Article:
New Brief on Child Welfare Trend Spotting and Transformation

Alliance for Strong Families and Communities Alliance
March 22, 2021

All decisions affect our futures in some way. But how can you make sound decisions in a field where the only thing constant is change? That’s the situation many community-based organizations must stay on top of in order to ensure critical success outcomes that are transforming the child welfare system to a child and family well-being system

One of the tactics that informs effective service transformation is trend analysis, which can be a powerful tool in strategic planning by creating credible illustrations of what the future might look like. Based on that, child welfare leaders and their cross-sector partners can align community priorities and resources to reform child welfare by sustaining a shared family and community responsibility to keep children safe, as analyzed in the 2021 Trend Brief

Designing Useful Trend Inquiry

Before searching for the best trends data that can inform activities like strategic planning, risk assessment, and opportunity mapping, it’s helpful to first understand the origin of trends information that can be useful to child welfare organizations. The typical methodology is based on two types of research: primary and secondary. 

Primary research is first-hand research using methods like interviews with consumers and participants, employees, community leaders and advocates, academic subject matter experts, regulators, policymakers, funders, and other stakeholders in the child welfare ecosystem.

Secondary research uses available data and information found in reports and databases from diverse industries, which can be used as sources for trend determination. Examples can include demographics and other census tract information, local asset mapping, state and federal child welfare data (e.g., Adoption and Foster Care Analysis and Reporting System [AFCARS]), and more.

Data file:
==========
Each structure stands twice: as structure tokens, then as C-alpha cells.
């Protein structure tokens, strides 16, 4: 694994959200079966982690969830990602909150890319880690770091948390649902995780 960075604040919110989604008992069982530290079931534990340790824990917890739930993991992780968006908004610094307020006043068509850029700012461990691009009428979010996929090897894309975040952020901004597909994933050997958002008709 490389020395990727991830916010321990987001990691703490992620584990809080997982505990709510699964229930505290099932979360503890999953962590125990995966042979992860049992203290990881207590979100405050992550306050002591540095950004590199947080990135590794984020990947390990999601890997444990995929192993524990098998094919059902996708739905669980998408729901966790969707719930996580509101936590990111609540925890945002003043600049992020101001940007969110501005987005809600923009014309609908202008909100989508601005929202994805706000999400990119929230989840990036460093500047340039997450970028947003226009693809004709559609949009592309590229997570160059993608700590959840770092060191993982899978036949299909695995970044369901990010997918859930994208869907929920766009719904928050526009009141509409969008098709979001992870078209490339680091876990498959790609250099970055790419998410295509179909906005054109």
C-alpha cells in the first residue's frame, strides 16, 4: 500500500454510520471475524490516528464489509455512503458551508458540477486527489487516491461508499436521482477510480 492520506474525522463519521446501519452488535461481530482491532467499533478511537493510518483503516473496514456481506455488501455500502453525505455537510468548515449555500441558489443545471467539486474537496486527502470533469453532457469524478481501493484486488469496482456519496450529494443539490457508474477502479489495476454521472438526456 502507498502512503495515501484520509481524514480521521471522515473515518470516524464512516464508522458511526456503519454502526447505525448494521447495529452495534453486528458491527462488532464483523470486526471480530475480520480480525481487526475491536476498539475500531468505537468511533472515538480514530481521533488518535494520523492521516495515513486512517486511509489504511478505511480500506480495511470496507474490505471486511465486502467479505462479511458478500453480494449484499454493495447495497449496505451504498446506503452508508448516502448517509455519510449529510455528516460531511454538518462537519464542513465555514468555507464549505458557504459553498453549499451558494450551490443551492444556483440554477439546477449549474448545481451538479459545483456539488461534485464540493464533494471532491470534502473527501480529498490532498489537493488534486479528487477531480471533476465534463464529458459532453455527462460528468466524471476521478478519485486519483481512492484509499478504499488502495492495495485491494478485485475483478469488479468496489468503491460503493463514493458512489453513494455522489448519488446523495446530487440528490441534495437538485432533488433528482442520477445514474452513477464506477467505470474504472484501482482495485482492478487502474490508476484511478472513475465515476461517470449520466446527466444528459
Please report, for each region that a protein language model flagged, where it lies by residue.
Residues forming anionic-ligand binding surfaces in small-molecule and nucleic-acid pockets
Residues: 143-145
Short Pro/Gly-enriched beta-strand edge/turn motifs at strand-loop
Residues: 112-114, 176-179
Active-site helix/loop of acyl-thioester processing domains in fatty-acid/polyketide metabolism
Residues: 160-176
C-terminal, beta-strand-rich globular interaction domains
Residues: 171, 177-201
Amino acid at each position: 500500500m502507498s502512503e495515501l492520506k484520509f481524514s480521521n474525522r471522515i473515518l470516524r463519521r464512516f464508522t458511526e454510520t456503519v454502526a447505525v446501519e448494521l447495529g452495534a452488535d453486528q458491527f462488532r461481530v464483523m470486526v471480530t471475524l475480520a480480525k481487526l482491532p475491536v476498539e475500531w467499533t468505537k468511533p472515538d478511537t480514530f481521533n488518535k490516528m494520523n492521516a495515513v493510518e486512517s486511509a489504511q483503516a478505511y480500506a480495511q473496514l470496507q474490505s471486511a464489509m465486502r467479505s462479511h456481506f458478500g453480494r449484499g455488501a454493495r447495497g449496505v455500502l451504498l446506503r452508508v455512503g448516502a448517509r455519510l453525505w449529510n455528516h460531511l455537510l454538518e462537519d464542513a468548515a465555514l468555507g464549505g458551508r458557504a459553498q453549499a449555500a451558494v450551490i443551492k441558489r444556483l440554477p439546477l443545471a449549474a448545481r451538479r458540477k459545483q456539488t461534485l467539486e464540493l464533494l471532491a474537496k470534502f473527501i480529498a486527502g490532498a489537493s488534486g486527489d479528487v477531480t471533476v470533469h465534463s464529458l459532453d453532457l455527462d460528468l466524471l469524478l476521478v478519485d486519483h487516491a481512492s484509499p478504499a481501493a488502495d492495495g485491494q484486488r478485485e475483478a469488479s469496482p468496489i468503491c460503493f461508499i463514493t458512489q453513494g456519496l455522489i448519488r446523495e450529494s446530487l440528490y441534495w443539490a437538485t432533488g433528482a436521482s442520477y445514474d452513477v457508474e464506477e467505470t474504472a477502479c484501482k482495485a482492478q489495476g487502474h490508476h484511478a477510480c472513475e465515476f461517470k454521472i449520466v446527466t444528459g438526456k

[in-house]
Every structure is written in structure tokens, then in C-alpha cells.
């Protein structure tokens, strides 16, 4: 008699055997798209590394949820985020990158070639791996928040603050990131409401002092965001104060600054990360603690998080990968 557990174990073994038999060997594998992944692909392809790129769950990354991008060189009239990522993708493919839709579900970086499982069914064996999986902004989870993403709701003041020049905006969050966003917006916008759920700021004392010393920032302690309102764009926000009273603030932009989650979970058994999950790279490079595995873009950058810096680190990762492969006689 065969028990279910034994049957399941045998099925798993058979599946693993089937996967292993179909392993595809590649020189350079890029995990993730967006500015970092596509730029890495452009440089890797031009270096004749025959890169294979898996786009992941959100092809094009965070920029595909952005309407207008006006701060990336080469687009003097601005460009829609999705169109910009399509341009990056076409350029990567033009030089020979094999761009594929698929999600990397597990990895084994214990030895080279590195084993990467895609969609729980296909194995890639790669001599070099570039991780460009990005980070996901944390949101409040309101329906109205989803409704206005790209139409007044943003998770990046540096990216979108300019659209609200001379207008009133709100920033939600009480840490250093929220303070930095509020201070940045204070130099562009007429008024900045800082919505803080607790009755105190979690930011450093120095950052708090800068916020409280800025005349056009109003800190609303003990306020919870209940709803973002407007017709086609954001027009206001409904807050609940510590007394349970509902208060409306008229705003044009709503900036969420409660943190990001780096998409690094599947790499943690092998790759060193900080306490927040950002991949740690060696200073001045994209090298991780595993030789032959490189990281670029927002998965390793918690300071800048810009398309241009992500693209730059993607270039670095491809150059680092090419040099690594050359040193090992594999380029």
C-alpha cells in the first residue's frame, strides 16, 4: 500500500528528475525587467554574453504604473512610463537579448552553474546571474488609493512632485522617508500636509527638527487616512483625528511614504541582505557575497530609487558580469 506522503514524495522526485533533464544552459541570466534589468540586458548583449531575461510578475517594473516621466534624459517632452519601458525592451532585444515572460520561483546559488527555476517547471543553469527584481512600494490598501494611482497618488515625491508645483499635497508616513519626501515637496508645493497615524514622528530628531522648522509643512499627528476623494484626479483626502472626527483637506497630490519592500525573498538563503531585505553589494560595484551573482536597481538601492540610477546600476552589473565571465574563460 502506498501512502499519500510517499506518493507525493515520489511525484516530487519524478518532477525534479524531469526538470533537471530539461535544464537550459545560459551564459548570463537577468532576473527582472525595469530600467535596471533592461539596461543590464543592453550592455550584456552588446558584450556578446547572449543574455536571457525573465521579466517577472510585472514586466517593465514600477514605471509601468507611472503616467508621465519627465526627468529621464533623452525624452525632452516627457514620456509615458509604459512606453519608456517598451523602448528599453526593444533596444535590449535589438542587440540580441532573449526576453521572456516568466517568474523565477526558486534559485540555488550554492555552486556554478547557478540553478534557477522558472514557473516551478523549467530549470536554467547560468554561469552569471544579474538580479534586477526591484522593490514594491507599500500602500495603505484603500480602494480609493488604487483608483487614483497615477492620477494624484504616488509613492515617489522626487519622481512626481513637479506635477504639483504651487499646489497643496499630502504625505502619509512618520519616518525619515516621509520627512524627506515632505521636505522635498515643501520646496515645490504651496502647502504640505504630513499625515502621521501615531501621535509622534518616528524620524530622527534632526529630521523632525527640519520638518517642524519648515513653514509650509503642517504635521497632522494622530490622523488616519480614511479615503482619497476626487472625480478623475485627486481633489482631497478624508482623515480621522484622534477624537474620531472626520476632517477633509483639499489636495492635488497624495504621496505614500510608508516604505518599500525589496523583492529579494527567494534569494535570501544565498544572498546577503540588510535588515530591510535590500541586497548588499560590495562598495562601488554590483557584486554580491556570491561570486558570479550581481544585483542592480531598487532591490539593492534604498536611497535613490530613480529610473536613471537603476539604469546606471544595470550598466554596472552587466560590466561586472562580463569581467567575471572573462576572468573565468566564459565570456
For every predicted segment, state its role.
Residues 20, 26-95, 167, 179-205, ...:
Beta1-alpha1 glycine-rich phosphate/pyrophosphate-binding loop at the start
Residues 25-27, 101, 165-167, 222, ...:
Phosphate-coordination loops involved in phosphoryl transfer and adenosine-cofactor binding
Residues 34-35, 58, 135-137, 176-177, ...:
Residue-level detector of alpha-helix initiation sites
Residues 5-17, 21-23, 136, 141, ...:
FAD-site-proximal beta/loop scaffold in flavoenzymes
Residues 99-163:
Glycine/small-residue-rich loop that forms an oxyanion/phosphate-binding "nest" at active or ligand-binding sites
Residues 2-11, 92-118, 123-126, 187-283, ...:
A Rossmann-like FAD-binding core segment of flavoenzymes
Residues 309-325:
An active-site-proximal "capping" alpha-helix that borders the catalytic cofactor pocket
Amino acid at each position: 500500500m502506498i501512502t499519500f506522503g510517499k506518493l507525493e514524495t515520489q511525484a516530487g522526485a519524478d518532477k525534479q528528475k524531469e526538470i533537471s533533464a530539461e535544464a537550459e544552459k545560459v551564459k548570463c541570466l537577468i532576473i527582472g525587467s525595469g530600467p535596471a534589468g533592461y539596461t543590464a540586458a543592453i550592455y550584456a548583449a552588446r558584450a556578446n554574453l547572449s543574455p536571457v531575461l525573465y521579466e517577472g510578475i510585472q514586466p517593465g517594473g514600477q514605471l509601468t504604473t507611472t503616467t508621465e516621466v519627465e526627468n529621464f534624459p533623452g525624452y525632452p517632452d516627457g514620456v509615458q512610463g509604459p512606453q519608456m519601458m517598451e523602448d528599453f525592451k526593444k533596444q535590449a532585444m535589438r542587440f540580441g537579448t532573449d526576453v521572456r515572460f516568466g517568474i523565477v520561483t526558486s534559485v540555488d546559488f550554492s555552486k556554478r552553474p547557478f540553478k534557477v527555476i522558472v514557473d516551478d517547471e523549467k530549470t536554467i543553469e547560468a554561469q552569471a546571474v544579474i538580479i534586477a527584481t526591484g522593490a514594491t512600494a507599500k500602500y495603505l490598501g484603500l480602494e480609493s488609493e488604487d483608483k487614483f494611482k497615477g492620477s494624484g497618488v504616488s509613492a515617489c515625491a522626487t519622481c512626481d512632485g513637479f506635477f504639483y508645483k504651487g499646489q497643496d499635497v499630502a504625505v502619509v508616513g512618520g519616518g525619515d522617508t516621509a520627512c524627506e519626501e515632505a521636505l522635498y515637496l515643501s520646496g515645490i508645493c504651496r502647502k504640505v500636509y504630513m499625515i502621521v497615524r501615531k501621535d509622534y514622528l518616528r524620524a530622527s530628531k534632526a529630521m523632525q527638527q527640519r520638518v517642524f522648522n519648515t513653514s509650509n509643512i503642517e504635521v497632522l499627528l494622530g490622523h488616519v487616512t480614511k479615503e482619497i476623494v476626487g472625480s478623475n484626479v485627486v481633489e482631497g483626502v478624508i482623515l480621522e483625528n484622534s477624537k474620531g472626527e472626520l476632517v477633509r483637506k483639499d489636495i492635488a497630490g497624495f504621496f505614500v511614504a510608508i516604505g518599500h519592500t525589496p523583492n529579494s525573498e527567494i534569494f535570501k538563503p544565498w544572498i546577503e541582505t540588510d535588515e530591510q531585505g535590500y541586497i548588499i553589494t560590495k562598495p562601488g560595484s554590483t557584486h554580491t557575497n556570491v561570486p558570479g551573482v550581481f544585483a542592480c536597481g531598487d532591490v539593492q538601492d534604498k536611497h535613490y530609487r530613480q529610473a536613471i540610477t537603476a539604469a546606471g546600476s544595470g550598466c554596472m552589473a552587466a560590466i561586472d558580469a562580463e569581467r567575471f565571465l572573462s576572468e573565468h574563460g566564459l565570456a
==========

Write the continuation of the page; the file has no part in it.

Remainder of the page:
Although there are many complexities to thorough trend investigation, the essential process is about asking the right questions about the right things. These can roughly be divided into three areas, with examples of questions below:

  • Identification of trends: What are the trends we should follow? Are there any associated systems and disciplines we need to understand better before determining trend relevance? 
  • Analysis of the effects and possible projections: In which directions can a trend lead? What impact can a trend have on our strengths and weaknesses? Can we expect more or less support from partners and collaborators?
  • Analysis of the implications: What do these trends mean for our community? How will family well-being and child safety change as a result? Do we have adequate organizational resilience in relation to this trend?

Understanding the Field with the 2021 Trend Brief: Primary Research

Both an art and a science, the ability to synthesize primary and secondary research requires a lot of knowledge, experience, analytical objectivity, and creative thinking. An example of primary research is from Tom Woll of the Strategic Change Initiative and Bill Martone of WPM Consulting, who jointly develop an annual trends brief for child welfare leaders. Pulling from their pool of experts, consulting collaborators, and advisors, Woll and Martone typically interview around 300 people each year through a Delphi-like method resulting in an end-of-year brief that can be used for the subsequent year’s strategic planning. In early 2020, the partners began their usual trends identification cycle. Then a global pandemic hit. 

Download the 2021 Trend Brief to spark your strategic planning.

“Our approach for developing the 2021 Trends Brief was different,” says Woll. “Bill and I weren’t traveling, though we were still consulting via phone and Zoom. We knew that 2020 would be a game-changing year, so we changed the focus of our efforts. Each of us turned to about 20 of the leaders who had been expertly advising us through the years and asked them to help us deconstruct the events of 2020.” 

Woll and Martone note that the major differences between ongoing annuals trends and 2020 events were very strong pivots toward:

  • Incorporating equity, diversity, and inclusion at individual, organizational, and sector levels
  • Responding to the implementation challenges of the Family First Prevention Services Act
  • Installing trauma-informed principles and practices throughout all levels of an organization